C# and handling SSL Certificate Problems

C# and handling SSL Certificate Problems

Image by Vectorportal.com, CC BY


Throughout my career, virtually every project I have worked on has integrated with other systems. In the ‘old days’, the security of these systems was handled using many different technologies, with many companies using private networks and systems. Still, with the introduction of the internet, we now have web services with SSL certificates, authentication processes, bearer tokens and more.

These security features are important and help developers build secure software solutions. Most of the time, Dot Net makes all of these things trivial. However, SSL is one area that keeps being a pain when using Proxy servers. Typically, Proxy servers ‘do things’ with SSL certificates.

What is a Proxy?

The SSL proxy does the following: Acts as a client for the server by determining the keys to encrypt and decrypt. Acts as a server for the client by first authenticating the original server certificate and issuing a new certificate along with a replacement key.

TLS/SSL (The S in HTTPS) guarantees that there are no eavesdroppers between you and the server you are contacting, i.e. no proxies. Normally, you use CONNECT to open up a TCP connection through the proxy. In this case, the proxy will not be able to cache, read, or modify any requests/responses, and therefore be rather useless.

If you want the proxy to be able to read information, you can take the following approach:

  1. Client starts HTTPS session
  2. Proxy transparently intercepts the connection and returns an ad-hoc generated(possibly weak) certificate Ka, signed by a certificate authority that is unconditionally trusted by the client.
  3. Proxy starts HTTPS session to target
  4. Proxy verifies integrity of SSL certificate; displays error if the cert is not valid.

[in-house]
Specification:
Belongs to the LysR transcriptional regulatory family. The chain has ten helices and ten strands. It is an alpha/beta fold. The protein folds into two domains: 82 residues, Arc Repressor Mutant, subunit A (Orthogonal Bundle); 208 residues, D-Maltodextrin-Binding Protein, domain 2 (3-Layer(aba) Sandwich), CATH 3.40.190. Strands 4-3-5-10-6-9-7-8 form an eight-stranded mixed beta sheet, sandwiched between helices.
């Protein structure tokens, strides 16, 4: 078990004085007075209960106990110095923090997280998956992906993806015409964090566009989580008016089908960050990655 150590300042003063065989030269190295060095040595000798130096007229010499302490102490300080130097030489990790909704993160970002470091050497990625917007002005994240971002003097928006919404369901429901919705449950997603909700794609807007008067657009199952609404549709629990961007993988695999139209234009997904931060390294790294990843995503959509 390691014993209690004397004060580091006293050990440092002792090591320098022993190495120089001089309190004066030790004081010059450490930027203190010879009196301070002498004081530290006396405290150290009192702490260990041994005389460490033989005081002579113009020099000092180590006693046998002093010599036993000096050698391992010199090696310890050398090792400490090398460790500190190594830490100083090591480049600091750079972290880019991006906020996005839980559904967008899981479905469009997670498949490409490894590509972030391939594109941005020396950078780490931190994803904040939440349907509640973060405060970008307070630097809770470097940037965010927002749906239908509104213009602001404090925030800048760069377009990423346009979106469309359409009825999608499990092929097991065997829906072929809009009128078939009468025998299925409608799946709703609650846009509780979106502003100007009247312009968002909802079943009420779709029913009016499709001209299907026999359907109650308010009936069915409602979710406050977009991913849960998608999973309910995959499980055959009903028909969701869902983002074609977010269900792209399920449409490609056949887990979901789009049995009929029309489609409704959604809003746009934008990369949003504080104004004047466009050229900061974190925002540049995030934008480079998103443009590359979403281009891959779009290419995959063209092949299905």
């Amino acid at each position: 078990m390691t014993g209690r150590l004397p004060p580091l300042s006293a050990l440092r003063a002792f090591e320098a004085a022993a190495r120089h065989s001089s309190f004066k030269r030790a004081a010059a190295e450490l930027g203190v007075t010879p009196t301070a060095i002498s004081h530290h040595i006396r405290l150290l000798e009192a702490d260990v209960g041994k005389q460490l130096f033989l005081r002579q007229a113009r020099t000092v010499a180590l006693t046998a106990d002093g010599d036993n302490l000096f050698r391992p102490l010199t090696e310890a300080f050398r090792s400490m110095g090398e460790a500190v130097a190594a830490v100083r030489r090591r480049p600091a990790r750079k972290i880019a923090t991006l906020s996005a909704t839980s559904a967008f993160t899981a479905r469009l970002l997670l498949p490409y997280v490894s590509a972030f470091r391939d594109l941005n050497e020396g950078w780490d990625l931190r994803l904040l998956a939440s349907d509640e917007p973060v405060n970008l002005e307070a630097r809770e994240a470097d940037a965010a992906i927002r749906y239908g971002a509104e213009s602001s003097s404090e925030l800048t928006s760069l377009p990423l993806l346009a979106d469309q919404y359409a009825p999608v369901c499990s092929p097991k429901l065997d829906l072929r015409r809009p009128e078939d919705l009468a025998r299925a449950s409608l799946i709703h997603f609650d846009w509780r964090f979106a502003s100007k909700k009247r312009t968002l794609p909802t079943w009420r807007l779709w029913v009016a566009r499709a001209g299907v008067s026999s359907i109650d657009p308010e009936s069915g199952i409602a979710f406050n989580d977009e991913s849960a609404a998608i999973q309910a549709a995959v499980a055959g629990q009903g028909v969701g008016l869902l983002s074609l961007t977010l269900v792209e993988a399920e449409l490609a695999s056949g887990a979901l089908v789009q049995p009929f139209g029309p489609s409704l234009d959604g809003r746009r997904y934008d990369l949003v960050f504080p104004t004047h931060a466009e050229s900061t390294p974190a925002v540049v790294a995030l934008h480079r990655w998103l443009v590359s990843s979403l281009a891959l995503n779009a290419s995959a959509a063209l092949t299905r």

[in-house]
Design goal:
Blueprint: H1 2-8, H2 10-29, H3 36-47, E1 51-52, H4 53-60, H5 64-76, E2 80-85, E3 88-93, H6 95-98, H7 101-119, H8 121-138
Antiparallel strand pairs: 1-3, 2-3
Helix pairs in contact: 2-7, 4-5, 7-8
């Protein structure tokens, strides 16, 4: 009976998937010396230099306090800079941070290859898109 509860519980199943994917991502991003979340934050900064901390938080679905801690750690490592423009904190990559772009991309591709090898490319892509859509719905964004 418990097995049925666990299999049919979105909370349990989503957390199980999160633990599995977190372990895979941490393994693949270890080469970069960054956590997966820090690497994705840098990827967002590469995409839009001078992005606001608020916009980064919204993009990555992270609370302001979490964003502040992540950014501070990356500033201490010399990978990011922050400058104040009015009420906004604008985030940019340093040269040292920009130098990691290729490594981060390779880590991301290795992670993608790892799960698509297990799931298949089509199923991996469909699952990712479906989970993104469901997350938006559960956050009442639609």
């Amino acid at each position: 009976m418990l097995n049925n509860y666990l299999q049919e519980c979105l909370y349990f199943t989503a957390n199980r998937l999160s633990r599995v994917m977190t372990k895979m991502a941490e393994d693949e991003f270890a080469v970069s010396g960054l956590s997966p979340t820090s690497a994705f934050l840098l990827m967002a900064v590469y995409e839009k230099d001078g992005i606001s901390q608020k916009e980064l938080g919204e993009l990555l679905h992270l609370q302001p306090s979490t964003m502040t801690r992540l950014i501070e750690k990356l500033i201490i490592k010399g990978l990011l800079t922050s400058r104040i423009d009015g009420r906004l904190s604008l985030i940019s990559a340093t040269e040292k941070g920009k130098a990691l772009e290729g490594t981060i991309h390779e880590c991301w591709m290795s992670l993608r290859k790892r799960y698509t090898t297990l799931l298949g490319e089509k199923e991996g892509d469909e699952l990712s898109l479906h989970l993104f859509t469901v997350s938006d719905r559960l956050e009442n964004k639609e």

5. Proxy streams content, decrypts it and re-encrypts it with Ka
  6. Client displays stuff

So, when using Proxys, there are times when your application is unable to access the real certificates.

A temporary Developer Workaround

I have spent a lot of time determining what is going on with these problems. Disabling the Proxy or bypassing it typically gives you the correct certificate, and the problem goes away. However, sometimes you cannot do this, or in a business, you aren’t allowed to do this – even on a developer machine.

However, Dot Net allows you to ignore certificate validity like this: –

System.Net.ServicePointManager.ServerCertificateValidationCallback = (senderX, certificate, chain, sslPolicyErrors) => { return true; };

I typically add this code right next to the previously failing area. So, it sticks out like a sore thumb and is picked up in a Pull Request Review if I forget to remove it. When I remembered, I added Debug Pragmas around these commands so that it does no harm in production if the team somehow miss it and it gets through the pipelines.


Hi, my name is Stephen Finchett. I have been a software engineer for over 30 years and worked on complex, business critical, multi-user systems for all of my career. For the last 15 years, I have been concentrating on web based solutions using the Microsoft Stack including ASP.Net, C#, TypeScript, SQL Server and running everything at scale within Kubernetes.